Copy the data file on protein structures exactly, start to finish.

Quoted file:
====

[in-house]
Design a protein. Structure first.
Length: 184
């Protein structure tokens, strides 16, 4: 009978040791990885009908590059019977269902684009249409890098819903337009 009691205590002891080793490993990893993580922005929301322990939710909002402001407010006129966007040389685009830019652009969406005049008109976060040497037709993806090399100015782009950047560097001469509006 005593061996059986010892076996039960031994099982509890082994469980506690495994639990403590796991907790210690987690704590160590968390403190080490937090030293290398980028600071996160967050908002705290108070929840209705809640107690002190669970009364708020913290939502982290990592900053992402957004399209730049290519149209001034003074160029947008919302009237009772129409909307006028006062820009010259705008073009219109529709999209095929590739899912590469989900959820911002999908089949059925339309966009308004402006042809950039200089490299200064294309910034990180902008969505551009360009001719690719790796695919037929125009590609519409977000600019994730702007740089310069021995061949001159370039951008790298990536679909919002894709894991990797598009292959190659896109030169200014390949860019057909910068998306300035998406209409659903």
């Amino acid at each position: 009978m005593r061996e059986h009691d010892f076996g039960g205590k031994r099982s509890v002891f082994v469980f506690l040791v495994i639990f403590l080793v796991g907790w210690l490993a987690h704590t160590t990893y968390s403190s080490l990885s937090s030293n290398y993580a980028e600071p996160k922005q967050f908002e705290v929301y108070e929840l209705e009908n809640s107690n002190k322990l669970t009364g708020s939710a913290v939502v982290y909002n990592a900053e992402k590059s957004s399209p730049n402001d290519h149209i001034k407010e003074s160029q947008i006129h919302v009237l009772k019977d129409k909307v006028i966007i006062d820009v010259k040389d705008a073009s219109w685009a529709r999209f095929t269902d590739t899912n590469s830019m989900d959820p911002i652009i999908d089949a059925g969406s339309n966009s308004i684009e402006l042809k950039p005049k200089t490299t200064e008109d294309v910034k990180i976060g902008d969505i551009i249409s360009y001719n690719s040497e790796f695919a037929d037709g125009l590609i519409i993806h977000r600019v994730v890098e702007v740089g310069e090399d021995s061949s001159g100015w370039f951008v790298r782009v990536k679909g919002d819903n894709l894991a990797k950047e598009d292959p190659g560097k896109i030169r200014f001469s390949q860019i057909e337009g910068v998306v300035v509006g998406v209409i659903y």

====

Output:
[in-house]
Design a protein. Structure first.
Length: 184
């Protein structure tokens, strides 16, 4: 009978040791990885009908590059019977269902684009249409890098819903337009 009691205590002891080793490993990893993580922005929301322990939710909002402001407010006129966007040389685009830019652009969406005049008109976060040497037709993806090399100015782009950047560097001469509006 005593061996059986010892076996039960031994099982509890082994469980506690495994639990403590796991907790210690987690704590160590968390403190080490937090030293290398980028600071996160967050908002705290108070929840209705809640107690002190669970009364708020913290939502982290990592900053992402957004399209730049290519149209001034003074160029947008919302009237009772129409909307006028006062820009010259705008073009219109529709999209095929590739899912590469989900959820911002999908089949059925339309966009308004402006042809950039200089490299200064294309910034990180902008969505551009360009001719690719790796695919037929125009590609519409977000600019994730702007740089310069021995061949001159370039951008790298990536679909919002894709894991990797598009292959190659896109030169200014390949860019057909910068998306300035998406209409659903």
């Amino acid at each position: 009978m005593r061996e059986h009691d010892f076996g039960g205590k031994r099982s509890v002891f082994v469980f506690l040791v495994i639990f403590l080793v796991g907790w210690l490993a987690h704590t160590t990893y968390s403190s080490l990885s937090s030293n290398y993580a980028e600071p996160k922005q967050f908002e705290v929301y108070e929840l209705e009908n809640s107690n002190k322990l669970t009364g708020s939710a913290v939502v982290y909002n990592a900053e992402k590059s957004s399209p730049n402001d290519h149209i001034k407010e003074s160029q947008i006129h919302v009237l009772k019977d129409k909307v006028i966007i006062d820009v010259k040389d705008a073009s219109w685009a529709r999209f095929t269902d590739t899912n590469s830019m989900d959820p911002i652009i999908d089949a059925g969406s339309n966009s308004i684009e402006l042809k950039p005049k200089t490299t200064e008109d294309v910034k990180i976060g902008d969505i551009i249409s360009y001719n690719s040497e790796f695919a037929d037709g125009l590609i519409i993806h977000r600019v994730v890098e702007v740089g310069e090399d021995s061949s001159g100015w370039f951008v790298r782009v990536k679909g919002d819903n894709l894991a990797k950047e598009d292959p190659g560097k896109i030169r200014f001469s390949q860019i057909e337009g910068v998306v300035v509006g998406v209409i659903y």